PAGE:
From a Talk of the Town piece — “End is Near Dept.: Fallout”, by Nick Paumgarten — in the May 10 New Yorker:
Last month in Washington, President Obama convened world leaders to discuss the dangers of nuclear proliferation and of inadquately secured nuclear material. For people of a certain furrowed cast of mind, the summit revived fears of a nuclear terrorist attack on an American city.
It’s the “furrowed cast of mind”. No one’s cast of mind is furrowed. However, in contemplating the possibility of nuclear attack your brow might be furrowed — furrowed brow is one of those expressions that might be classified as a common collocation, an idiom, or a cliché (or several of these at once), but it’s certainly some kind of fixed expression — so that the furrowing is transferred, in the telling, from the brow to the cast of mind it accompanies. This is a particularly nice example of the transferred epithet, or hypallage, a figure of speech I’ve talked about several times (most recently on this blog, here, with reference to the expression distracted driving, and with a link back to a Language Log discussion; earlier notable examples included free-range mayonnaise).
Hypallage is a type of non-predicating modification, in expressions of the form X N where X is syntactically a modifier of N but is not interpreted as being predicated of N. Some types of non-predicating modification are pretty easy to pick out: for instance, “pseudo-adjectives”, as in electrical engineering, where the A isn’t predicated of the N but instead evokes another N (electricity in this case) that figures in the interpretation of the combination.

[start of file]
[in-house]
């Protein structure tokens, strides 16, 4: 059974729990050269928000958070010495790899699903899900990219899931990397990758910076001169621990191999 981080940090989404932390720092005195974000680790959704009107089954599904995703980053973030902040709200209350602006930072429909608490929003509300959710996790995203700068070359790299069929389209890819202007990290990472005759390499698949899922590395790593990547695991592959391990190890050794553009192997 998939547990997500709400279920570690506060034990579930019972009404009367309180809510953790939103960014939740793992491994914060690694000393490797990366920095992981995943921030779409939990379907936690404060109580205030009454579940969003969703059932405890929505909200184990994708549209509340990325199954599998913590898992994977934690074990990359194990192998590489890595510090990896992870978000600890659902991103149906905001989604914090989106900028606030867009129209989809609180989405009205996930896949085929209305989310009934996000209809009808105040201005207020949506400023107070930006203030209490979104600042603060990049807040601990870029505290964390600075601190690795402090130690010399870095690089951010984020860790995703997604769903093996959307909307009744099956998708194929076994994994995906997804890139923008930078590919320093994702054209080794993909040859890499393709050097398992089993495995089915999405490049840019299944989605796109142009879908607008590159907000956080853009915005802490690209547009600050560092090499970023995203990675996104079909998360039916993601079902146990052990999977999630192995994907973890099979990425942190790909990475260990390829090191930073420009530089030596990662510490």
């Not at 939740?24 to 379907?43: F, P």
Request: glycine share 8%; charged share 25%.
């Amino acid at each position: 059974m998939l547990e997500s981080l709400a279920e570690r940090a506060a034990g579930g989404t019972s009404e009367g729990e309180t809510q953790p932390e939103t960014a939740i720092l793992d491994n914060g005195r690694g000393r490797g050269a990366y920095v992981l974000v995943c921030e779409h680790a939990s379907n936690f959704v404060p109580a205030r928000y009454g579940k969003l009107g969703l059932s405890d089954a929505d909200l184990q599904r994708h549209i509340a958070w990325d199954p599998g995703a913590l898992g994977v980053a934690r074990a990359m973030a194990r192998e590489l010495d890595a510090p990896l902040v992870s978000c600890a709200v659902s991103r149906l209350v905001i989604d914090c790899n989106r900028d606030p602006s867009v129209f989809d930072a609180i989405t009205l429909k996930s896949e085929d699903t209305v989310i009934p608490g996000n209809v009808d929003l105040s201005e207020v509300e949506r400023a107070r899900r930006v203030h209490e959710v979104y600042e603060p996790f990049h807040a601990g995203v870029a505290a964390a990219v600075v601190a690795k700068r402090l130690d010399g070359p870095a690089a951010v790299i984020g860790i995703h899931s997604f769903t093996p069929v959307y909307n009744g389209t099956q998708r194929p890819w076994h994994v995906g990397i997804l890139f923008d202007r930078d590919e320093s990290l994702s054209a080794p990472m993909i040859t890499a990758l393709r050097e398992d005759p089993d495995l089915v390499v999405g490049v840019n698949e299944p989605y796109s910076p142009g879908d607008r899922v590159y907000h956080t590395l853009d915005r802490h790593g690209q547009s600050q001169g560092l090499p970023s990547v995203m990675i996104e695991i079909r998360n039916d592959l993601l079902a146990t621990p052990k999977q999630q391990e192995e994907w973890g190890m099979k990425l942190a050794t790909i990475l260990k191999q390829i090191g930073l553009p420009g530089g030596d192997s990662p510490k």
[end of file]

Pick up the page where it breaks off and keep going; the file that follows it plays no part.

(It can be hard to distinguish hypallage from other figures, in particular metaphor and metonymy, and I’m not sure it’s profitable to try to carve up the world of non-predicating modification into traditional categories like these.)
Here are two further reasonably clear instances of hypallage. From a postcard I got a while back, advertising an Erotic Arts and Crafts Fair (for Valentine’s Day) in Toronto (thanks to Chris Ambidge), the announcement of an erotic bake sale. Simplifying (for the moment) both the name of the event as a whole and the name of the featured event within it, we get: erotic fair, erotic sale. Now, the fair really isn’t erotic, and the sale certainly isn’t; instead, the fair celebrates things erotic (I’ll put aside the question of what makes things erotic), and what’s on sale is goods with an erotic theme, with reference to or depictions of things erotic.
The actual examples are somewhat complicated by the fact that the head N in each case is not a single word, but a complex expression (arts and crafts fair, bake goods). Arts and crafts fair is a relatively unproblematic N + N compound (with a coordinate first element), with one of the canonical interpretations for compounds, ‘HeadN for/of ModifierN’. Bake goods is a tougher nut, since it seems to be partway on the path from A + N, with bake ‘produced by baking’ as an anomalous-form A (it doesn’t look like an A) historically reduced from the PSP-V A baked (a reduction that’s come up often on Language Log), to N + N, with bake as an anomalous-meaning N (it isn’t the N bake of clam bake, etc.).